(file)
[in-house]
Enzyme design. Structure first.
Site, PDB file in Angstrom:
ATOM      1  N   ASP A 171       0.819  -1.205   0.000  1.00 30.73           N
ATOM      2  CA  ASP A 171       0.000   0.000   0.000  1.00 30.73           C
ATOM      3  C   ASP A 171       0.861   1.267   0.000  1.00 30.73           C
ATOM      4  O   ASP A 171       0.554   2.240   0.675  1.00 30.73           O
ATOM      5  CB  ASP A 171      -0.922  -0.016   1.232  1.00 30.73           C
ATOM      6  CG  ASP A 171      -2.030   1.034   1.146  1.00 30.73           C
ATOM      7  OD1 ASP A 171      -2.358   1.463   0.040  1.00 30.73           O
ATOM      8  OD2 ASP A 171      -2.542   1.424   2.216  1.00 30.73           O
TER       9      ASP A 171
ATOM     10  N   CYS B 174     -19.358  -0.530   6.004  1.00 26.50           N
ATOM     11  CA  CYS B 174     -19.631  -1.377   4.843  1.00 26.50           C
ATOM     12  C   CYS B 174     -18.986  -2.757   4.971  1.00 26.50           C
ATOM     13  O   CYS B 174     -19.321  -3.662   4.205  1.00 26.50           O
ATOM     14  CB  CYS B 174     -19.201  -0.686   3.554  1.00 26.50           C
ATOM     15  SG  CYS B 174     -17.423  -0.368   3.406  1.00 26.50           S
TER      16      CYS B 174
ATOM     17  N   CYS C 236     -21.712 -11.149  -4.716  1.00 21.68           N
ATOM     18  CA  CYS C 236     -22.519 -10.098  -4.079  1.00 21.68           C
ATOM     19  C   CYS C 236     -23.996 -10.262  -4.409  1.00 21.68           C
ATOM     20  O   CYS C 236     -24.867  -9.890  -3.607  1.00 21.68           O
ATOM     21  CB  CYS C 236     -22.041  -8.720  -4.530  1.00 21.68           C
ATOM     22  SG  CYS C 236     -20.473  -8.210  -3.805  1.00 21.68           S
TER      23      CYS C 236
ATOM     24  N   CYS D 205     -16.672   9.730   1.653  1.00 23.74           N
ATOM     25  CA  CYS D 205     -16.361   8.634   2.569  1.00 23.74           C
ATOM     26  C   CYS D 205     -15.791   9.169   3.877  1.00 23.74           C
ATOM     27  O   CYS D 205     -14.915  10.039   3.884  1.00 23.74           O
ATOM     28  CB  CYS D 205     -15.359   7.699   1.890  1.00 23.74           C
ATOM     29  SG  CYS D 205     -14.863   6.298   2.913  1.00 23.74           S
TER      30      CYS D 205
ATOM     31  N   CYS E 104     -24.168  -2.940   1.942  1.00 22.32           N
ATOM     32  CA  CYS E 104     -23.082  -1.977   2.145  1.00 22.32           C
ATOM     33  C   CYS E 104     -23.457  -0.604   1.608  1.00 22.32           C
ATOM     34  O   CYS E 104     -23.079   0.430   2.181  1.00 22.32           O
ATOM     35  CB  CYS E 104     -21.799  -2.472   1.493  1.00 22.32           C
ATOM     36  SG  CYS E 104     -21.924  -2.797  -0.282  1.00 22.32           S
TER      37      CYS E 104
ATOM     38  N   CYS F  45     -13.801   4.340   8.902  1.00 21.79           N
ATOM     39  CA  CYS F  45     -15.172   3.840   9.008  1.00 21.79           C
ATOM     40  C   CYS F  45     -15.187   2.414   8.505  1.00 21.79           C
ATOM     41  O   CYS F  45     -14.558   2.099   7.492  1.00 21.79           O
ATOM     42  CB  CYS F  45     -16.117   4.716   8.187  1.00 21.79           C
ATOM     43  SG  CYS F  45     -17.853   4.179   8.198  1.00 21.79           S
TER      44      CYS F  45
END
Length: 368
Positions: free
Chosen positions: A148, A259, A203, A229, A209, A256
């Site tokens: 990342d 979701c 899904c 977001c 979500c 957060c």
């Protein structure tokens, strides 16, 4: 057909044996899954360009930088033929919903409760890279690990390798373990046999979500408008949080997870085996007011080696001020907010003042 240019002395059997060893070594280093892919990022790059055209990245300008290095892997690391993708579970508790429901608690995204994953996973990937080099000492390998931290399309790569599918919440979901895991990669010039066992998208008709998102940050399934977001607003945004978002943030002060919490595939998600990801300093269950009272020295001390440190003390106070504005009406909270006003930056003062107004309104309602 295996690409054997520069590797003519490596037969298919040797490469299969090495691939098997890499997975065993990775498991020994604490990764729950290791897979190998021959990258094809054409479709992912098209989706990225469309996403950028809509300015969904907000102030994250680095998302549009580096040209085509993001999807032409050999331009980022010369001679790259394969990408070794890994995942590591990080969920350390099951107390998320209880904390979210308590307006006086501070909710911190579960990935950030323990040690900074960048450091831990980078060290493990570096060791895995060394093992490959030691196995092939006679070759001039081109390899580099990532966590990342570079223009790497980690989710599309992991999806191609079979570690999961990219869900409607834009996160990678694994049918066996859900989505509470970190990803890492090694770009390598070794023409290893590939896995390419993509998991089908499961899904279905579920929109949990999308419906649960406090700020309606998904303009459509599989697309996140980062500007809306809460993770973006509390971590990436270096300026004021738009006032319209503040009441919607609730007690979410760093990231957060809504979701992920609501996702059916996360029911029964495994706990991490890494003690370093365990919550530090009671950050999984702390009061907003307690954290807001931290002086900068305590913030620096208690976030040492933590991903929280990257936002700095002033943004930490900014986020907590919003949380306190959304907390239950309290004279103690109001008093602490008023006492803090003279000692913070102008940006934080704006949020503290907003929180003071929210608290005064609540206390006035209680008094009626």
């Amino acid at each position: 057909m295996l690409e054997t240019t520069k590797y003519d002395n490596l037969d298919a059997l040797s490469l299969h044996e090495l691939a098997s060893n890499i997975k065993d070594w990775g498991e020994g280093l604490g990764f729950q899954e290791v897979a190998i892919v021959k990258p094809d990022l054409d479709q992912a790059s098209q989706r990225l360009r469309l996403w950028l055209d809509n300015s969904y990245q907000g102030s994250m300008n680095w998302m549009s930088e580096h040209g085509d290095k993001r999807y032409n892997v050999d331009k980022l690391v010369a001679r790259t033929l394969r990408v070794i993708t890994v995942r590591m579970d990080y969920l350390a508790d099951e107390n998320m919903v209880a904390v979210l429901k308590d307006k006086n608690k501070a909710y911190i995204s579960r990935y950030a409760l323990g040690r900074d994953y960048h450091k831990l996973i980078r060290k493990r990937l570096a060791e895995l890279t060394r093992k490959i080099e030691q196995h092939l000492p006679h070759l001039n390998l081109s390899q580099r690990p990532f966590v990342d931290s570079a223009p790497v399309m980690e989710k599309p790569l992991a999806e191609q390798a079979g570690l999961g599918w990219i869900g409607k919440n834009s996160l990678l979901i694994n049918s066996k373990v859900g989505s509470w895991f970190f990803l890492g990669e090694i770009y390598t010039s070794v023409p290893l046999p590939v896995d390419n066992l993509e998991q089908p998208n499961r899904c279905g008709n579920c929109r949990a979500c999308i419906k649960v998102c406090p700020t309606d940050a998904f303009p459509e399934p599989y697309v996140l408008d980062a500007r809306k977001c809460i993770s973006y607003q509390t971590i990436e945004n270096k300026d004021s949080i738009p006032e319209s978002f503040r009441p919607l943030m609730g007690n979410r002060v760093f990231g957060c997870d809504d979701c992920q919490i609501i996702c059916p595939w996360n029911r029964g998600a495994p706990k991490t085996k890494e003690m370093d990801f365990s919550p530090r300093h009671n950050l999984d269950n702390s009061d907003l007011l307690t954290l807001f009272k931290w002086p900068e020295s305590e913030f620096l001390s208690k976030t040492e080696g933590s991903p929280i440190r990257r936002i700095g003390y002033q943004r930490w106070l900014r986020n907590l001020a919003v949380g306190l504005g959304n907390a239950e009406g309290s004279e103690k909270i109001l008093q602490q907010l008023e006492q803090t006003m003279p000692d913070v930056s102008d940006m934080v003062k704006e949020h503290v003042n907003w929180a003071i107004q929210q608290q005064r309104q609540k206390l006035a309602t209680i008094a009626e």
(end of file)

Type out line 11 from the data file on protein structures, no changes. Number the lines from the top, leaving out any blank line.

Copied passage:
ATOM      8  OD2 ASP A 171      -2.542   1.424   2.216  1.00 30.73           O